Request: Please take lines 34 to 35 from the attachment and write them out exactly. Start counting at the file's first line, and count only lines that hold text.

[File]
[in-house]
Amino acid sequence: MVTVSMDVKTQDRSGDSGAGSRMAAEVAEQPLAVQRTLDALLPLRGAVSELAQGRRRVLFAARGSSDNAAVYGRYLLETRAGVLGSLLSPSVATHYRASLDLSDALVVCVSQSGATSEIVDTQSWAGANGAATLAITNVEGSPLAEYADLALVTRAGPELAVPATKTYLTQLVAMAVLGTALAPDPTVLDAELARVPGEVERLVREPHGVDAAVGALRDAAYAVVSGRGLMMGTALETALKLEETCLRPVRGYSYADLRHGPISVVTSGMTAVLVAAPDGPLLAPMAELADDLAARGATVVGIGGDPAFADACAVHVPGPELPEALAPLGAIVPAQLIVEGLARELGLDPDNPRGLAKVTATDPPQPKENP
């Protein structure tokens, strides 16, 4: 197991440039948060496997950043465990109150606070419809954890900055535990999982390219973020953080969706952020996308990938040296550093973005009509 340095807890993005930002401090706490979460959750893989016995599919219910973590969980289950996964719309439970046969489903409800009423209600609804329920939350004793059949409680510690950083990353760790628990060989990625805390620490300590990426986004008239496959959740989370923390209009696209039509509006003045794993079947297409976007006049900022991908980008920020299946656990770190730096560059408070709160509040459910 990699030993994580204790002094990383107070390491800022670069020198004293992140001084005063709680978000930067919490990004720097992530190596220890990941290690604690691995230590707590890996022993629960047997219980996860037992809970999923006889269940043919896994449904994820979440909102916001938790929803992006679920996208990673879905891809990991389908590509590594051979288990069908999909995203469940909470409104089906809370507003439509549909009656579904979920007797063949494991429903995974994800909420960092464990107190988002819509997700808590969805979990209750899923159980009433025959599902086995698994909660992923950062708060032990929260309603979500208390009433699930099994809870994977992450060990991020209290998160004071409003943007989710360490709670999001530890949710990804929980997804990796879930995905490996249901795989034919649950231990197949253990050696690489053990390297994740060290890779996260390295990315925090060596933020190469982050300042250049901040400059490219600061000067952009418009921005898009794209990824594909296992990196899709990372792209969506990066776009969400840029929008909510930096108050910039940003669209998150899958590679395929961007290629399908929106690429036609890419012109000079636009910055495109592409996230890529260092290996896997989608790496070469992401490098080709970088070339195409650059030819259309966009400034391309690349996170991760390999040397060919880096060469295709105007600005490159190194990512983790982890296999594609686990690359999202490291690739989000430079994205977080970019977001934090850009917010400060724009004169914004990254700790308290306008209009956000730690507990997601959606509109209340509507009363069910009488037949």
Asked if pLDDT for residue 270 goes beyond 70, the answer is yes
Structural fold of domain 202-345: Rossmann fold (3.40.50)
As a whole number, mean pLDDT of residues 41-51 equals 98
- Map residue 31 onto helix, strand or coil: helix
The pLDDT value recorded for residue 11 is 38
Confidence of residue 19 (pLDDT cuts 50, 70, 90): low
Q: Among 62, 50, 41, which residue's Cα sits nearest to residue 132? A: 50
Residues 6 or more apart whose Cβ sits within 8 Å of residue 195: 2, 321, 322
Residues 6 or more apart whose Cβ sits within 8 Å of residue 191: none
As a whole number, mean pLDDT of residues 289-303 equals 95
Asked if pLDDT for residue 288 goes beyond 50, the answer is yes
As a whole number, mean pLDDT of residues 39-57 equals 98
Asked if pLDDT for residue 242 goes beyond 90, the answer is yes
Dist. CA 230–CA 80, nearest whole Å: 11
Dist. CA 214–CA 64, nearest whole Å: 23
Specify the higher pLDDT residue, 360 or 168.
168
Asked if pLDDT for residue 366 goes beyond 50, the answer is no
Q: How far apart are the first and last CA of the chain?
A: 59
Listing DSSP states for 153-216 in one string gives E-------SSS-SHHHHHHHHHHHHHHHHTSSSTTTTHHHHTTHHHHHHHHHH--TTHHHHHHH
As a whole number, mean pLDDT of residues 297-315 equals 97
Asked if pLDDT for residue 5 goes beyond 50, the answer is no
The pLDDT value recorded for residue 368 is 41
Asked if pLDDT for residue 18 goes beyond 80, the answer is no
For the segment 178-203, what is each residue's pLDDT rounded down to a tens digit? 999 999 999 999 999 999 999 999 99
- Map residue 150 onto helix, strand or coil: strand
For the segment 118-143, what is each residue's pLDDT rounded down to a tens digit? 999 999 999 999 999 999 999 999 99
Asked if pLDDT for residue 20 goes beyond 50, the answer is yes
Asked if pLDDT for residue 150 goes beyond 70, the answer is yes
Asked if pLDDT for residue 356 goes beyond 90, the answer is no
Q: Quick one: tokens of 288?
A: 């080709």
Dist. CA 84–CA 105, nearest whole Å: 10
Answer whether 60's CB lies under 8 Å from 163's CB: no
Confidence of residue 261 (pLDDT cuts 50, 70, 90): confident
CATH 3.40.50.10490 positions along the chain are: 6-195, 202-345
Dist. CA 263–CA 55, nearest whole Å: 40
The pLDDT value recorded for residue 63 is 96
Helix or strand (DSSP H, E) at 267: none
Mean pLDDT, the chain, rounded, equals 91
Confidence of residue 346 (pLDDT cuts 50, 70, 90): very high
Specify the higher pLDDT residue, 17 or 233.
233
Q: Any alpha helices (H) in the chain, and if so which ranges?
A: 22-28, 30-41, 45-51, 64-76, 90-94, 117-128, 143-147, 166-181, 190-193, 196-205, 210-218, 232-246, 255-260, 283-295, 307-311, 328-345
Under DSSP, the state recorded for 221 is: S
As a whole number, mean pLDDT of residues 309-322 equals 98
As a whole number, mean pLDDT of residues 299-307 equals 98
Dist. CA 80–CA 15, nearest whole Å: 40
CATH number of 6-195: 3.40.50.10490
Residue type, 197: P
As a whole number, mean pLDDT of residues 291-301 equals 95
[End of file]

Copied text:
Asked if pLDDT for residue 356 goes beyond 90, the answer is no
Q: Quick one: tokens of 288?